MAORI103-23B (HAM)

Introduction to Māori, Pacific and Indigenous Studies

15 Points

Edit Header Content
The University of Waikato
Academic Divisions
Te Pua Wananga ki te Ao Office
Te Pua Wananga ki te Ao

Staff

Edit Staff Content

Convenor(s)

Lecturer(s)

Administrator(s)

Placement/WIL Coordinator(s)

Tutor(s)

Student Representative(s)

Lab Technician(s)

Librarian(s)

: ngawaiata.henderson@waikato.ac.nz

You can contact staff by:

  • Calling +64 7 838 4466 select option 1, then enter the extension.
  • Extensions starting with 4, 5, 9 or 3 can also be direct dialled:
    • For extensions starting with 4: dial +64 7 838 extension.
    • For extensions starting with 5: dial +64 7 858 extension.
    • For extensions starting with 9: dial +64 7 837 extension.
    • For extensions starting with 3: dial +64 7 2620 + the last 3 digits of the extension e.g. 3123 = +64 7 262 0123.
Edit Staff Content

What this paper is about

Edit What this paper is about Content
This course examines Māori, Pacific and Indigenous peoples' philosophies and relationships with land, language, culture, resources, development and political frameworks within settler-colonial states and Pacific nations and others.
Edit What this paper is about Content

How this paper will be taught

Edit How this paper will be taught Content
This is a blended paper with lectures in person as well as online and accompanying resources provided through Moodle each week. Online content will be supported by weekly tutorials on campus. Students who are unable to attend face-to-face tutorials will have an opportunity to participate in a Zoom tutorial. Office hours are available via appointment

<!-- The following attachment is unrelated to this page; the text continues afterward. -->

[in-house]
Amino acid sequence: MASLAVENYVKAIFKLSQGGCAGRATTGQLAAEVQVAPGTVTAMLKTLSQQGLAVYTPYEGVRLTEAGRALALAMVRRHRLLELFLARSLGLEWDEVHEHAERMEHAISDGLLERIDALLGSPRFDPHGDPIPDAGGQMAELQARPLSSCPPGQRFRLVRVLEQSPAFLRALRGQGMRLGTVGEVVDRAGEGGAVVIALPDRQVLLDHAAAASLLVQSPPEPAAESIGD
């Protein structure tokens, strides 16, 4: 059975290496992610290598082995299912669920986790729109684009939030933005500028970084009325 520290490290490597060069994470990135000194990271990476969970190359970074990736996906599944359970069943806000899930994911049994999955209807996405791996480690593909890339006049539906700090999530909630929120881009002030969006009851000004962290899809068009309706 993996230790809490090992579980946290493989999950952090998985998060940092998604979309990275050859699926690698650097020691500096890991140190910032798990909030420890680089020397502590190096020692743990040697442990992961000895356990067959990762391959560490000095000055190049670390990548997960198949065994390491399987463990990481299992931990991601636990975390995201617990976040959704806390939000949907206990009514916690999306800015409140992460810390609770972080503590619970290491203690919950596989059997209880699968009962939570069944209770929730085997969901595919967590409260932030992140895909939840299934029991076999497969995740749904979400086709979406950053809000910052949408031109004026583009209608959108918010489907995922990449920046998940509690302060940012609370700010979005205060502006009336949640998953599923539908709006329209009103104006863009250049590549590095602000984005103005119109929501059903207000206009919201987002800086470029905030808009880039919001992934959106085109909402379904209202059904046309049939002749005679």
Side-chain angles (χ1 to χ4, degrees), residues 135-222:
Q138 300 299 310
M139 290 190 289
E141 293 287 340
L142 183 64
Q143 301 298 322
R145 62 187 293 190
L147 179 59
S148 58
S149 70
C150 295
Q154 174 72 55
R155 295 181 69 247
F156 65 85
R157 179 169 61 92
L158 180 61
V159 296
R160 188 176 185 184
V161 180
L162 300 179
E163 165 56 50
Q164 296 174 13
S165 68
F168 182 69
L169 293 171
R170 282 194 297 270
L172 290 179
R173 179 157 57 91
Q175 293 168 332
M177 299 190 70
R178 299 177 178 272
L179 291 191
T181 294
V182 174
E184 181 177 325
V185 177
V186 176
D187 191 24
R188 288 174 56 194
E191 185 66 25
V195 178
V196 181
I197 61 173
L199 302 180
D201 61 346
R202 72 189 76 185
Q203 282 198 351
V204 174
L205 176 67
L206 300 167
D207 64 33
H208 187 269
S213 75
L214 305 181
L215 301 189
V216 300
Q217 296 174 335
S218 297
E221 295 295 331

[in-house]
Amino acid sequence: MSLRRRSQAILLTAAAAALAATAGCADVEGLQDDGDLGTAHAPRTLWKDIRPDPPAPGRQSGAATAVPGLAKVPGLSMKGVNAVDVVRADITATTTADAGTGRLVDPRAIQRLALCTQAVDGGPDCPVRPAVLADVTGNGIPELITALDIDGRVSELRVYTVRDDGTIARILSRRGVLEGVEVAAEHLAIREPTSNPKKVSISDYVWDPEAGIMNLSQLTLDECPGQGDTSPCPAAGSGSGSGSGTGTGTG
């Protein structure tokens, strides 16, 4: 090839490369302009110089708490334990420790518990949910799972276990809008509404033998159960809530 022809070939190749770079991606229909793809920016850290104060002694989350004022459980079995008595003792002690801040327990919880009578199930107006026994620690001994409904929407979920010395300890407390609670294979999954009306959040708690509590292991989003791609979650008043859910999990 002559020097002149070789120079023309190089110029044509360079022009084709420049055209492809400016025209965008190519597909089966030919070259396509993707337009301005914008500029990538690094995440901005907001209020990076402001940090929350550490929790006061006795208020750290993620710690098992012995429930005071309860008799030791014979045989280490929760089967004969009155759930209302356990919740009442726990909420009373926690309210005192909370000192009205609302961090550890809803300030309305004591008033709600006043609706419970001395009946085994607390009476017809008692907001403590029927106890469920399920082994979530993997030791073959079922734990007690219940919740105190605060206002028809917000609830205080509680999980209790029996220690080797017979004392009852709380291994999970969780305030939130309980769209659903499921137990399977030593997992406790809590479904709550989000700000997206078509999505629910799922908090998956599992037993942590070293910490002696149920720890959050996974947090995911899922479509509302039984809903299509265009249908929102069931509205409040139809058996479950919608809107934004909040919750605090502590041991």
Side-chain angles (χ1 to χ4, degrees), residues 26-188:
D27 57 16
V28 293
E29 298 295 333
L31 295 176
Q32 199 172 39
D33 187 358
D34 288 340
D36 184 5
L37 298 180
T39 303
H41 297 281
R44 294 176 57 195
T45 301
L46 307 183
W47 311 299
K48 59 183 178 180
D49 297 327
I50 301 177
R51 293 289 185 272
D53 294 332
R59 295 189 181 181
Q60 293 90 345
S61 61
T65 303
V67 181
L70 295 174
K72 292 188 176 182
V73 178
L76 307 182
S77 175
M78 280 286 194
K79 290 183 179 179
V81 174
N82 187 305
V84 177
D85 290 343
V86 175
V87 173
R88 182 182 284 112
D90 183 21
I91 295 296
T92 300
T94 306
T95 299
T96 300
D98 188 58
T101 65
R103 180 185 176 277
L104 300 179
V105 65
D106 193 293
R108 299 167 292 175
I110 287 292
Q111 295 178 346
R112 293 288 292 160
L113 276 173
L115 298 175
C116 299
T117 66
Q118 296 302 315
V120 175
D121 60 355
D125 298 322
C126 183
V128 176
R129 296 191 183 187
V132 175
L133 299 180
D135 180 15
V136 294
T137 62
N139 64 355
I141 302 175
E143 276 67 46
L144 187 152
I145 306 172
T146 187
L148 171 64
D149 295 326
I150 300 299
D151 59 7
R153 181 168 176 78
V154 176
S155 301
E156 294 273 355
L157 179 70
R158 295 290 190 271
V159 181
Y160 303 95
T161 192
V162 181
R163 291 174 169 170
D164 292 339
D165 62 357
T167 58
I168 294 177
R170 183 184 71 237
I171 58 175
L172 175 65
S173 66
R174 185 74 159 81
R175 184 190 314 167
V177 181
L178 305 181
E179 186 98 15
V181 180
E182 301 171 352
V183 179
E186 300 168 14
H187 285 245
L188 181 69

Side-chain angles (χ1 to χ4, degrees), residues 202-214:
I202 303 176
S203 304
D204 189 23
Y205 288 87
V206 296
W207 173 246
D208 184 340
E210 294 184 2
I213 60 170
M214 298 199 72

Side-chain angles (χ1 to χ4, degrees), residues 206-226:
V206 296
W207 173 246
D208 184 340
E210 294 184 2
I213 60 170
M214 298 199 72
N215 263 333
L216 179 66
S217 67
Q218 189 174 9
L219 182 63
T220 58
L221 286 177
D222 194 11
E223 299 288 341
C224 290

Edit How this paper will be taught Content

Required Readings

Edit Required Readings Content

Teves, S. N., Smith, A., & Raheja, M. H. (Eds.). (2015). Native Studies Keywords. Tucson, AZ: University of Arizona Press.

  • Please note that the books required are available online through the library and do not need to be purchased.
  • Additional weekly readings and other resources will be made available through Moodle.
Edit Required Readings Content

Learning Outcomes

Edit Learning Outcomes Content

Students who successfully complete the course should be able to:

  • Articulate the connection between a core Indigenous Studies concept, or keyword, and an issue facing the Māori world
    Linked to the following assessments:
  • Be aware of examples from multiple Indigenous contexts in relation to the core concepts of Indigenous Studies
    Linked to the following assessments:
  • Demonstrate an understanding of Indigenous struggles for land, life and sovereignty, and the connection of such struggles to Indigenous Studies
    Linked to the following assessments:
  • Demonstrate an understanding of the pillars of Indigenous Studies land, language, culture, resources, development and political frameworks
    Linked to the following assessments:
Edit Learning Outcomes Content
Edit Learning Outcomes Content

Assessments

Edit Assessments Content

How you will be assessed

Edit How you will be assessed Content

The internal assessment/exam ratio (as stated in the University Calendar) is 100:0. There is no final exam. The final exam makes up 0% of the overall mark.

The internal assessment/exam ratio (as stated in the University Calendar) is 100:0 or 0:0, whichever is more favourable for the student. The final exam makes up either 0% or 0% of the overall mark.

Component DescriptionDue Date TimePercentage of overall markSubmission MethodCompulsory
1. Assessment One: Reading review
28 Jul 2023
11:30 PM
25
  • Online: Submit through Moodle
2. Assessment Two: Key concepts
18 Aug 2023
11:30 PM
15
  • Online: Submit through Moodle
3. Asessment Three: Poster
15 Sep 2023
11:30 PM
30
  • Online: Submit through Moodle
4. Assessment Four: Essay: an Indigenous approach
20 Oct 2023
11:30 PM
30
  • Online: Submit through Moodle
Assessment Total:     100    
Failing to complete a compulsory assessment component of a paper will result in an IC grade
Edit Assessments Content